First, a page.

As a parent, you likely take your child’s educational future very seriously. As a part of that, you will probably agonize over choosing the school environment that will provide a strong foundation for everything that is is to come — a preschool.
Step 1: Narrow it Down
Looking at a long list of prospective preschools can be overwhelming. The first step is to take that long list and narrow it down to the schools that can actually work for your family in a practical sense. There are certain considerations like location, scheduling hours, and price that are going to eliminate some schools before you even start. In doing this, you start with a concise list of preschools that could work for your child and your family.
Step 2: Pros and Cons
Now that you have a few possibilities, do some deeper research into this shortlist. Check out their websites, read online reviews, and perhaps more importantly, ask the opinions of other friends, family, or community members that have experience with the schools. Make a comprehensive list of not just those opinions, but of the aspects of each school that you like. You should also make a note of anything negative that could help you to narrow down your decision.
Step 3: Schedule a Tour — Your Checklist
At this point, there are probably a few strong preschools that you are considering. To get a personal experience of the school environment and staff, schedule a tour. Before you arrive for your tour, make a checklist of the things you should be looking for and the questions you would like answered while you are visiting. These are the main characteristics of a preschool that you should consider:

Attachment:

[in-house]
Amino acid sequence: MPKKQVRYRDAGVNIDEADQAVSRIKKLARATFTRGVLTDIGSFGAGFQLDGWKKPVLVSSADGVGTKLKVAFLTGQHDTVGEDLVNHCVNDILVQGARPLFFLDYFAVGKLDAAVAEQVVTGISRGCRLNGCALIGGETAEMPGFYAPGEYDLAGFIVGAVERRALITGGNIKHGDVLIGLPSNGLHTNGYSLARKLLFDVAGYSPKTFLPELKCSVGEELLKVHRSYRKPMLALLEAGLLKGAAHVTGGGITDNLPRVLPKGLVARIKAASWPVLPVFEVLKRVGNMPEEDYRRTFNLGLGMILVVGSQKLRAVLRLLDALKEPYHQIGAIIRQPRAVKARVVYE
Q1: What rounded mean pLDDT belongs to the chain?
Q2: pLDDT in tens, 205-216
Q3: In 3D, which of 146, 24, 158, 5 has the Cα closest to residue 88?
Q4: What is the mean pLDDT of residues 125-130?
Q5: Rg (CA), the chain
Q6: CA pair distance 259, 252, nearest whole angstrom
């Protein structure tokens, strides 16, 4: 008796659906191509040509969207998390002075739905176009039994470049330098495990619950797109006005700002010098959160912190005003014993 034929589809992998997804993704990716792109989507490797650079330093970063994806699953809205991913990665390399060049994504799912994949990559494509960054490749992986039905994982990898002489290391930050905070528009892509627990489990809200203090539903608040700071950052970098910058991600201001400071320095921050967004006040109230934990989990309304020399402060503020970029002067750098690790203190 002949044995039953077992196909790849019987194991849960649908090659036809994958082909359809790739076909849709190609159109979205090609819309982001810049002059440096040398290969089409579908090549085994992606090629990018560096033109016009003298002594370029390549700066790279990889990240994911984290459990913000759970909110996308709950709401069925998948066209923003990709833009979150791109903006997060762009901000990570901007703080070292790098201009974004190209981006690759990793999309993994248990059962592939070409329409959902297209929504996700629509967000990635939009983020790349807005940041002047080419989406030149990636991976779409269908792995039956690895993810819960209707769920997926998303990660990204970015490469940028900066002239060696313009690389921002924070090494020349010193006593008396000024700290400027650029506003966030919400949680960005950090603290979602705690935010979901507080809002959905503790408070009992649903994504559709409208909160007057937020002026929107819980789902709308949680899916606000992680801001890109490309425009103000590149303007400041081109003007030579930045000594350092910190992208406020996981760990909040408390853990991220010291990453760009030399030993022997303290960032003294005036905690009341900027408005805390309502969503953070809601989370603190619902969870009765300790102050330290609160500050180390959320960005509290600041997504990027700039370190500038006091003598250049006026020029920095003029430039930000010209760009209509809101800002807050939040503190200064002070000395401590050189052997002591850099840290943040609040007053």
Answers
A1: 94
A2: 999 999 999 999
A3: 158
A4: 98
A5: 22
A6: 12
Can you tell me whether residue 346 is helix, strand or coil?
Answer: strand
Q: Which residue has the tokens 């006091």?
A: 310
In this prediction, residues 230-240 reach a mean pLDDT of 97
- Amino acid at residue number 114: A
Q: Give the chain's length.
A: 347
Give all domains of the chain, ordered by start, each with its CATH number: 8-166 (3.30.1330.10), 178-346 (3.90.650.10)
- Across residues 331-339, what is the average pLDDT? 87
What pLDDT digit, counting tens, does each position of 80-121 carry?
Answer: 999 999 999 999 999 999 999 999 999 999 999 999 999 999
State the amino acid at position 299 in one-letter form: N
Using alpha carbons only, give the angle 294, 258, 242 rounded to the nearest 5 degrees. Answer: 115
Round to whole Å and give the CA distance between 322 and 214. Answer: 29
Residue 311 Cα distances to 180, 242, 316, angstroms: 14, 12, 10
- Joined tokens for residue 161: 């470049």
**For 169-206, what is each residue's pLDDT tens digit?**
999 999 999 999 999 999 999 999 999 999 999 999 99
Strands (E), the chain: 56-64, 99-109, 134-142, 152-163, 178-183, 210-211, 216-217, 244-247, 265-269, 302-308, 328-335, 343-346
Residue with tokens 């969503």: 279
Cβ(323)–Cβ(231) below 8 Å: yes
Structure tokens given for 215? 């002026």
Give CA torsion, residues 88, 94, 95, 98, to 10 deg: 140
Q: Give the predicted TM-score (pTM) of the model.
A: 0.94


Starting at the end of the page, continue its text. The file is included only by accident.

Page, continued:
How do the staff interact with the children?
Do they have real, caring conversations with the children?
Do they look like they are enjoying their job?
Are they properly trained for their positions?
School Environment and Safety
Does the environment feel imaginative and welcoming?
Is there plenty of child-sized furniture?
Are the classrooms decorated with print, numbers, educational items, and student projects?
Does the overall environment appear safe?
Is there an appropriate emergency plan in place?
Class Schedule and Curriculum
Is there a plan for each program?
Do the programs include hands-on projects and learning?
Are there any special/unique programs?
Is there time for indoor/outdoor play?
Is the curriculum well-rounded — will your child be exposed to a wide-range of subjects?
Are there programs beyond preschool?
Does the school offer a sense of community?
Does your family feel welcome?
Is there an open line of communication between staff and families?
The schools you visit should be willing to spend adequate time with prospective families and answer any questions that you may have. With this list and your own research, you should be prepared to fully evaluate which preschool is the best fit for your child and your family.
As educators, we strive to pr